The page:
Dr. Breuer seemed reluctant to take the case but became interested in the story and offered to recommend other doctors. Salomé insisted. “Nietzsche has exhausted the medical resources of Germany, Switzerland, and Italy. No physician has been able to comprehend his malady or relieve his symptoms” and she added, “you are a doctor for despair”. Breuer replied, “Despair is not a medical symptom, Fraulein.” Already hinting to a future therapy for mental illness, Salome, undeterred by the answer, reminded Breuer that her brother had attended Breuer’s classes, in which he, as a practitioner described how “uncovering of the origin of each symptom somehow dissolved it. ”
To make the case more complicated and at the same time appealing to Breuer, Lou Salome told him that Nietzsche “doesn’t know that I’m speaking to you. He is an intensely private person and a proud man”, therefore Breuer had to conceal any previous knowledge of the situation of his future patient and his relationship with her.
At the end of a long intriguing conversation, Lou Andreas’ description of Nietzsche’s ideas and work together with exceptional circumstances made Breuer accept the challenge. “my dear lady…, I will see your friend. That goes without saying. After all, I am a physician”.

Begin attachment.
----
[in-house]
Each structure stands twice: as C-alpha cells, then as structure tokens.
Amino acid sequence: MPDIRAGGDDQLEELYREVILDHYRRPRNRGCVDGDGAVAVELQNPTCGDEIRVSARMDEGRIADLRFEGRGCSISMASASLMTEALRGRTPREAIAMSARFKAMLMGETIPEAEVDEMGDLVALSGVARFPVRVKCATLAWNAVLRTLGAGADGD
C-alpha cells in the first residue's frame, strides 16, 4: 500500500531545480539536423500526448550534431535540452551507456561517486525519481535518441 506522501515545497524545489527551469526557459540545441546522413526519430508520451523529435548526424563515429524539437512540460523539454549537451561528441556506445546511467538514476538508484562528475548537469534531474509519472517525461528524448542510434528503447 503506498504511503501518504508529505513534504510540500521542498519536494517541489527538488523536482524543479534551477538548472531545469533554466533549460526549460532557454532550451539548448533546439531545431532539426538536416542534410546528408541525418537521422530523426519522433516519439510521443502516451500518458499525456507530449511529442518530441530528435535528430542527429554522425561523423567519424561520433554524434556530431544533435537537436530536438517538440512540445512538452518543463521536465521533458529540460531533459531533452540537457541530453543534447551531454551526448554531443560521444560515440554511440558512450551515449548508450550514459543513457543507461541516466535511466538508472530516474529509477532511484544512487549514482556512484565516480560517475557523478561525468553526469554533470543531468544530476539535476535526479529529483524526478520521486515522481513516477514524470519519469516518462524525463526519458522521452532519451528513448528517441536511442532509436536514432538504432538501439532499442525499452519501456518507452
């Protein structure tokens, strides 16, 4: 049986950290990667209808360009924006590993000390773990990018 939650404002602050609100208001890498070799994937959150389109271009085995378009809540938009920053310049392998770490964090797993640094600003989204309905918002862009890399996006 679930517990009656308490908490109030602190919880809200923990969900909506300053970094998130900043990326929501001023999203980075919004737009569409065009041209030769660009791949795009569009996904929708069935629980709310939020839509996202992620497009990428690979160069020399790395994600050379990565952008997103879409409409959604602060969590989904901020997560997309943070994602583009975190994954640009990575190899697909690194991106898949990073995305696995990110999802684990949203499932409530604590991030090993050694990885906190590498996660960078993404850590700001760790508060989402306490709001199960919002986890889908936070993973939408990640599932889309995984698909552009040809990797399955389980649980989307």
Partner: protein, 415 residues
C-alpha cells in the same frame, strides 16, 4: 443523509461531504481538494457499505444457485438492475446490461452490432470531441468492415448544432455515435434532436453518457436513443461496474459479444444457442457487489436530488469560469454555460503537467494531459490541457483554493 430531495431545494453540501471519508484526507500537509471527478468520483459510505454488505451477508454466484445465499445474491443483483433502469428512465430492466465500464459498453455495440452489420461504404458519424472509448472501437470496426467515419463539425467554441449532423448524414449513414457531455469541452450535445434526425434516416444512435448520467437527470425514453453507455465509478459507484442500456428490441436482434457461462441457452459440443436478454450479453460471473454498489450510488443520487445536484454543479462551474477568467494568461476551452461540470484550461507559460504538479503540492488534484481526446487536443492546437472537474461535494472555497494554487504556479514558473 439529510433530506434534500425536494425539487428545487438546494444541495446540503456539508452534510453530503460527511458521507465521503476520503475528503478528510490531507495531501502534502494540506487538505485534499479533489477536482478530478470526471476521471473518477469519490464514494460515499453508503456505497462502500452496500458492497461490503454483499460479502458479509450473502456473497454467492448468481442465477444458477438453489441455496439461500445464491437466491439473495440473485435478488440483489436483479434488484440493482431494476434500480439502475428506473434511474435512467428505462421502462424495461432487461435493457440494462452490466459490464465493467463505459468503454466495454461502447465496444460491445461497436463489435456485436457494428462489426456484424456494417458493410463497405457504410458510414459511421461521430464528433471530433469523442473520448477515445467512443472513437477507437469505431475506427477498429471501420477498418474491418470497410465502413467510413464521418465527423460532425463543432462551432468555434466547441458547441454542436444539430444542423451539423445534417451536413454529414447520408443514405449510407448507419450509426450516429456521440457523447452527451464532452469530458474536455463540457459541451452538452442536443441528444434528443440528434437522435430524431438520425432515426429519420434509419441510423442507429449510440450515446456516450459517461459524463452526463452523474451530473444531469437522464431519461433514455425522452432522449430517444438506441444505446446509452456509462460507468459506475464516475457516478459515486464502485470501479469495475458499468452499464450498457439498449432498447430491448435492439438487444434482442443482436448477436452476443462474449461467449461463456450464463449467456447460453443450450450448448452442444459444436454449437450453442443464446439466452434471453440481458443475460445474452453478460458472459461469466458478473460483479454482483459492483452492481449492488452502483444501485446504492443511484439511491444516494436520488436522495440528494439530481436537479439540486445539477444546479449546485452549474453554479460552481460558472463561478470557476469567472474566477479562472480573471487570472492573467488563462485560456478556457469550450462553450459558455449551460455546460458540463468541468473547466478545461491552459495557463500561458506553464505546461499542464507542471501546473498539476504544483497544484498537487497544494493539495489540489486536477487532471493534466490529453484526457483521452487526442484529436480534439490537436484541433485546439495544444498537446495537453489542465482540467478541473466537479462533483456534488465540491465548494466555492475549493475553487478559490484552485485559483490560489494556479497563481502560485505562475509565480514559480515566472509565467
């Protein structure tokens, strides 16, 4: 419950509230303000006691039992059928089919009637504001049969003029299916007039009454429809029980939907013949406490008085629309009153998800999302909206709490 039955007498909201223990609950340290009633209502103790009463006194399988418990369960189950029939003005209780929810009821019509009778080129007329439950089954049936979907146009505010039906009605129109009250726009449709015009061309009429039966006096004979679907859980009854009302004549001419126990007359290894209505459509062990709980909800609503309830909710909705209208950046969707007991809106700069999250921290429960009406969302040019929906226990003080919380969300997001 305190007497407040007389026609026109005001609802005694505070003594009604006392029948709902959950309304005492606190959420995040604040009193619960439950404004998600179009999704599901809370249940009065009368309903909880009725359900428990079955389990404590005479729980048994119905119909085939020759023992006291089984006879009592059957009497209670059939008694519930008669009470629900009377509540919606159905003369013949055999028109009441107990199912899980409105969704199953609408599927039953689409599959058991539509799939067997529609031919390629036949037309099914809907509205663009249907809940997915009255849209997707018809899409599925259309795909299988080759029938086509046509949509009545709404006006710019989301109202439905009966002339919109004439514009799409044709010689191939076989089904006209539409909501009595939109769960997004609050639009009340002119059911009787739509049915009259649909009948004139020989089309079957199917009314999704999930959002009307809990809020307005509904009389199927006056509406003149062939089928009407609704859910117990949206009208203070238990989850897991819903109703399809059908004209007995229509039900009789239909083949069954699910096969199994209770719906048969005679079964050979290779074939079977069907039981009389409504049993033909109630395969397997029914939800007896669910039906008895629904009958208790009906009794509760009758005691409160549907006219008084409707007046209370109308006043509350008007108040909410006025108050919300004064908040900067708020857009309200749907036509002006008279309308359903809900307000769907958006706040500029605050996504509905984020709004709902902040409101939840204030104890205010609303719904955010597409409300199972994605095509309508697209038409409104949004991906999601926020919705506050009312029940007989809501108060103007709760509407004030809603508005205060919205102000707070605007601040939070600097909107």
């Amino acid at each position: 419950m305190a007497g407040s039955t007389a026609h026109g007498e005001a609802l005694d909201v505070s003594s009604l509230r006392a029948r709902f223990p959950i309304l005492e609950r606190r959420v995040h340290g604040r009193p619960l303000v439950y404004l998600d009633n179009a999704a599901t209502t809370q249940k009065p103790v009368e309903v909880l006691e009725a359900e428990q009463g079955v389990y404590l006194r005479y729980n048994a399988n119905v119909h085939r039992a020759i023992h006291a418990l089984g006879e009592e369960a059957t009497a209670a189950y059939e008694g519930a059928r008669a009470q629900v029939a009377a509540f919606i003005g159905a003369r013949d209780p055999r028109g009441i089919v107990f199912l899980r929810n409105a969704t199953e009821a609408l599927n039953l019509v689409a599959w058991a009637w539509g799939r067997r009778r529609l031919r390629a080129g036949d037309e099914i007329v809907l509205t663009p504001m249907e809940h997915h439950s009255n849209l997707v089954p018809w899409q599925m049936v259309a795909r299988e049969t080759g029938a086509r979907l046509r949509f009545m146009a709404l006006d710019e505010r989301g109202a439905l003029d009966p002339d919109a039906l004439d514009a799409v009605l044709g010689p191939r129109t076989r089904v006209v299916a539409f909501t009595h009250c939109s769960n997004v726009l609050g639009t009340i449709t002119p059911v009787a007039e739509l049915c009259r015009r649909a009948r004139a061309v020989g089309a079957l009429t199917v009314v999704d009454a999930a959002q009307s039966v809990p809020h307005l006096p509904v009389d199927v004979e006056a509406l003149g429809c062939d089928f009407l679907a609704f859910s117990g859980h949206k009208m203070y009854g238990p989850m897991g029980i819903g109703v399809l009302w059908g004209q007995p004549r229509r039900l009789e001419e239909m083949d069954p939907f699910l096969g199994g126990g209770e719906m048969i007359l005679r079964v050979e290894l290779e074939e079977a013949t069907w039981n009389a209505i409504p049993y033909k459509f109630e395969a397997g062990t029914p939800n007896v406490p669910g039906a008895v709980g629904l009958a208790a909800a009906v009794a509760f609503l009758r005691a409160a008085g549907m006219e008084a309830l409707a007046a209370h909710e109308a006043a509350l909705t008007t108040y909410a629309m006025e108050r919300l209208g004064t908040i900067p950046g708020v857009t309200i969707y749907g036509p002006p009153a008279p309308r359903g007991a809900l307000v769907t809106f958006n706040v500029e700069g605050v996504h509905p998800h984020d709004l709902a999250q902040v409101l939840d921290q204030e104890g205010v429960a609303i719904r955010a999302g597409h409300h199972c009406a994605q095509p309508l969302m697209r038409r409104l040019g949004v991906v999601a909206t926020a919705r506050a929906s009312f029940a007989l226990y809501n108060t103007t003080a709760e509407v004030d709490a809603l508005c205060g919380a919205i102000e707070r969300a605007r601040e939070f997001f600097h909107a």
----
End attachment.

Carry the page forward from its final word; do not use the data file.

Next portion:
The framework of the story is now set and the plot centers around the meetings, conversations, notes and internal dialogues between the two brilliant minds of Nietzsche and Breuer, both suffering from the despair born from impossible obsessive love with younger attractive women.
The story shows how the roles of the therapist and patient blur when the fictional Nietzsche starts to take notes about Dr. Breuer’s obsessions and how he can best help him, turning the philosopher into a healer or a therapist. We can assume that the same kind of experience happened to Yalom in his own professional practice since he regularly refers to his passion for stories about old healers particularly to Hermann Hesse’s novel Magister Ludi, which tells a tale about two renowned healers and indirectly touches on the nature of the patient-therapist relationship. In his own words, “.. the echoes of these tales ring throughout the pages of the novel.”